Our Very Own is a 1950 American drama film directed by David Miller. The screenplay by F. Hugh Herbert focuses on a teenaged girl who learns she was adopted as an infant. Ann Blyth, Farley Granger and Jane Wyatt star.
Los Angeles teenager Gail Macaulay is going steady with deliveryman Chuck, a relationship that sparks jeaolusy in her younger sister Joan. When Joan needs her birth certificate in order to obtain summer employment, her mother Lois tells her to look in a box in her dresser, where the girl discovers Gail’s adoption papers.
That evening, at Gail’s 18th birthday party, Joan flirts with Chuck, and when her angry sister confronts her, Joan reveals the truth about her background. The following morning, Lois tells Gail her biological father was killed in an accident before she was born, but her mother, Gert Lynch, is alive. Gail persuades Lois to have their lawyer arrange a meeting with her birth mother, but Lois decides to visit Gert in her Long Beach home first. Gert is thrilled to see photographs of Gail but is loath to let her second husband Jim know she has a child, so Lois arranges a meeting the following evening, when Jim will be out.
After Gail and her friend Zaza depart for Gert’s home, Lois receives a panicked phone call from the woman telling her Jim canceled his plans and is staying home to play cards with friends. Gert waits for the girls outside her house, but before they arrive Jim asks her to prepare refreshments. When Gail enters the house, Gert introduces her as the daughter of an old friend. Gert quietly explains the situation to Gail and apologizes for the mixup.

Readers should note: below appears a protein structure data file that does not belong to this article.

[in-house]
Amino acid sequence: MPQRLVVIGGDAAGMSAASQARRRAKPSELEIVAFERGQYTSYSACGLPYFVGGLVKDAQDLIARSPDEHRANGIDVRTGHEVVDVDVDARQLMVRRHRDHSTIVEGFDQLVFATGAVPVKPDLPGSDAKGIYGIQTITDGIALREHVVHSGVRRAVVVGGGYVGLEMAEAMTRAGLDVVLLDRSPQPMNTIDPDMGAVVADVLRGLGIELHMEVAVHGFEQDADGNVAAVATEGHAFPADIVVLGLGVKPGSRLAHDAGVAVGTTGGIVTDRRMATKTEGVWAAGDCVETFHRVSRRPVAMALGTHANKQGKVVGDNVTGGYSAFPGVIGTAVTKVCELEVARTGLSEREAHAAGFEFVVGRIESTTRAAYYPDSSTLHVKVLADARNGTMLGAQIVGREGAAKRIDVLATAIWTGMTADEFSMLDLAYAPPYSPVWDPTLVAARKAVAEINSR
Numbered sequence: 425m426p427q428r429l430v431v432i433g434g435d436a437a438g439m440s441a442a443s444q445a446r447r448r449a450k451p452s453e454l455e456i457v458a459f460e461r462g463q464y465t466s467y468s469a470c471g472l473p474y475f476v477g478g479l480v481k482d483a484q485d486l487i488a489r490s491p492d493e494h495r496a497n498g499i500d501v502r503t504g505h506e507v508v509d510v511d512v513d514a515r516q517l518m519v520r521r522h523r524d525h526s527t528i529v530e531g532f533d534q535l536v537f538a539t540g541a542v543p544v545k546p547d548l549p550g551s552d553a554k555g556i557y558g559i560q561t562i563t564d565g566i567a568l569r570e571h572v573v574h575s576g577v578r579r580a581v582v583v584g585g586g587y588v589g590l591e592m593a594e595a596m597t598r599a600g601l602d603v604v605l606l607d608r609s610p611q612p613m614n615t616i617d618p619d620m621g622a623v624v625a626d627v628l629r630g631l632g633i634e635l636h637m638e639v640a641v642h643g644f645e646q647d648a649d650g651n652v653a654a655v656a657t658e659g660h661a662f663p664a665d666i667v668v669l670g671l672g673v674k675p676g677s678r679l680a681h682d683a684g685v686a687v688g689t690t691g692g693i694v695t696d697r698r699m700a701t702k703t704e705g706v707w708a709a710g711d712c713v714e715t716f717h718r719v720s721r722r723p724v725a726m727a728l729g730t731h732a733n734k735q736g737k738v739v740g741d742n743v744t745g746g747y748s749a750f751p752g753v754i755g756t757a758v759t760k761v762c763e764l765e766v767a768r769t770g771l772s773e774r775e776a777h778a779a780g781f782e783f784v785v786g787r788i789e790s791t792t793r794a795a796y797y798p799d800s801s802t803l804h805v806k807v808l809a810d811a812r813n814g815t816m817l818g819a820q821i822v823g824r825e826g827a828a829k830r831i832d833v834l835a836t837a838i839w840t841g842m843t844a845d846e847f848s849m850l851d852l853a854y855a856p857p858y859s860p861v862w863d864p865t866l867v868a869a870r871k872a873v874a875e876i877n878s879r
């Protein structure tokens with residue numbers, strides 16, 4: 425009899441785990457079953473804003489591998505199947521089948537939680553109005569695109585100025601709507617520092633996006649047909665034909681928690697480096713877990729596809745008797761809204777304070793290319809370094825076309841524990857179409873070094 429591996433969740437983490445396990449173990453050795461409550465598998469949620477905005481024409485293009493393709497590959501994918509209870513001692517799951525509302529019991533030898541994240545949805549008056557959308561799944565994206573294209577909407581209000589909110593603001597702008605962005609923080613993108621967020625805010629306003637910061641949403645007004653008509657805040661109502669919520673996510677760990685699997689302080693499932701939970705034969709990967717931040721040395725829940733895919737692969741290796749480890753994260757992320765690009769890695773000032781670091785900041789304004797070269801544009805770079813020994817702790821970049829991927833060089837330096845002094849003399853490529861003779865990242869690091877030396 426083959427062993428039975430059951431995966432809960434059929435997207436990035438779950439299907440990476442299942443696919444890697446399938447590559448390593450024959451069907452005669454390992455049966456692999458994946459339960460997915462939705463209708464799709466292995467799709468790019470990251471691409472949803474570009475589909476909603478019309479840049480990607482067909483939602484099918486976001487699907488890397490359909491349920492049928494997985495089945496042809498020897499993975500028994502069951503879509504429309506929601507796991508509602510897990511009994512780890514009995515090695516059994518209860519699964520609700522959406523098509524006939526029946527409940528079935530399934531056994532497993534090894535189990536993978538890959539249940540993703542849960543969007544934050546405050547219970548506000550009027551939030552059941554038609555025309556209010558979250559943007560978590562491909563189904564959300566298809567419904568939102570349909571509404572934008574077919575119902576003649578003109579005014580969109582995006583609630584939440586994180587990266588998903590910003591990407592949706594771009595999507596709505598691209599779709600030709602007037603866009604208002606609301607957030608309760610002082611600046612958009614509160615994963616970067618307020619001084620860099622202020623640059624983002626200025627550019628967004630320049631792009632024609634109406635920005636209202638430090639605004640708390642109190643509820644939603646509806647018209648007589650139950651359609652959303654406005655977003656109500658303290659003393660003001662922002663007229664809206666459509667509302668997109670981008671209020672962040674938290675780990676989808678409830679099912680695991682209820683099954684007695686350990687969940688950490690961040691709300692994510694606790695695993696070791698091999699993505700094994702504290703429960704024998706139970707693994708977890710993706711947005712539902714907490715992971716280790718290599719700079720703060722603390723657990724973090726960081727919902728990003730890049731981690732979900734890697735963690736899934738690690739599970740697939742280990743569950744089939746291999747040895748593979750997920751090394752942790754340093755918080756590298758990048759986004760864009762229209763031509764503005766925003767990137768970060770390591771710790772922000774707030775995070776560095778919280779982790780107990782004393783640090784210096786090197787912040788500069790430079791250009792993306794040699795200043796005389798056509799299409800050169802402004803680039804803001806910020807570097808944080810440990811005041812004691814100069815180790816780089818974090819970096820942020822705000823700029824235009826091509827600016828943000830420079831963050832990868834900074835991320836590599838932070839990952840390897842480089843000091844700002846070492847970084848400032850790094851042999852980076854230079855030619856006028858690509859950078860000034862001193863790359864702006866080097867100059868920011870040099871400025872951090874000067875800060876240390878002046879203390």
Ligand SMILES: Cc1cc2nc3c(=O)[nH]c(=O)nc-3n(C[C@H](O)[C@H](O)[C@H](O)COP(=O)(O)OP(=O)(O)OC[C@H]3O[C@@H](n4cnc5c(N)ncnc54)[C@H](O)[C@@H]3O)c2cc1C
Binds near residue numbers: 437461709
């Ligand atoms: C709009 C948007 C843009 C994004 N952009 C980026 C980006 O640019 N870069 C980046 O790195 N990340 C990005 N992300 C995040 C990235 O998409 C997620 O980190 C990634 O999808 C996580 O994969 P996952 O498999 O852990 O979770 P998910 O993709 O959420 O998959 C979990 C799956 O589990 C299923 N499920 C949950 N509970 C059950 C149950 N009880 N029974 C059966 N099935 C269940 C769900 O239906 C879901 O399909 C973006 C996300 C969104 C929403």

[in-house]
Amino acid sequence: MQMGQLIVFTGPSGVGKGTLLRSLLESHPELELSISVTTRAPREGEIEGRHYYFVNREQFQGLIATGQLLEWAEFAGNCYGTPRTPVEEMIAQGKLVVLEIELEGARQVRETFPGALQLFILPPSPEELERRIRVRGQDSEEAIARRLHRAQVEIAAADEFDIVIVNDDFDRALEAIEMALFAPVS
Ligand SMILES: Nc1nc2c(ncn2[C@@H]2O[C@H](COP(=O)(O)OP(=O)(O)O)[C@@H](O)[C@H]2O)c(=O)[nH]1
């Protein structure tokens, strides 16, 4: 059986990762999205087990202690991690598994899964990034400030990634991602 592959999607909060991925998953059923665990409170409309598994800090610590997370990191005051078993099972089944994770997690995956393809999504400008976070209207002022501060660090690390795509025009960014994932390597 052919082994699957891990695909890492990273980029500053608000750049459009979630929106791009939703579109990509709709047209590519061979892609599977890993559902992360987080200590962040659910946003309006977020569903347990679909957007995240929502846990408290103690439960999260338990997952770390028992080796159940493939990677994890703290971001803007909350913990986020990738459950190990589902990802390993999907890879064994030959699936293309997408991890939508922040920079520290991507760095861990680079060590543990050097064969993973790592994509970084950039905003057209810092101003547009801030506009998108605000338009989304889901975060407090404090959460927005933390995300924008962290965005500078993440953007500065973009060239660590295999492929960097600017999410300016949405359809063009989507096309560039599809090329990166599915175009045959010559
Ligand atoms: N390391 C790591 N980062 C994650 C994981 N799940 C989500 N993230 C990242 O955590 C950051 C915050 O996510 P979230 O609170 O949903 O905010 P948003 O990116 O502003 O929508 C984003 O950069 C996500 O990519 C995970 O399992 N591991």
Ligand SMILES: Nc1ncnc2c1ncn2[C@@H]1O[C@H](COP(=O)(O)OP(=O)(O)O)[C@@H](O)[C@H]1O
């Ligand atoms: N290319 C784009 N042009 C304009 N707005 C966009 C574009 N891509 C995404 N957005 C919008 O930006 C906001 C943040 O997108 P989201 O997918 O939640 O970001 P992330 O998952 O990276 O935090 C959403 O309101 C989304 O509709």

Gail returns to the car and tells Zaza the reunion went well, then asks if she can spend the night at her house. Chuck, who had arrived at the Macaulay home just before Gail left for the ill-fated reunion with Gert, has spent the worried night with Gail’s parents after having the situation explained to him. When Gail fails to return home, Gail’s parents begin to worry and Chuck goes to Zaza’s house and reproaches Gail for hurting the people who raised her and loved her as their own. This idea of family as “the people who are there for you” is reinforced when Gail learns that Zaza’s father will not be attending their high school graduation ceremony, having chosen to attend an out-of-town party instead.
At the graduation ceremony, Gail imbues her valedictory speech about citizenship with a loving message about the true meaning of family, to the delight of her parents, sisters, and Chuck.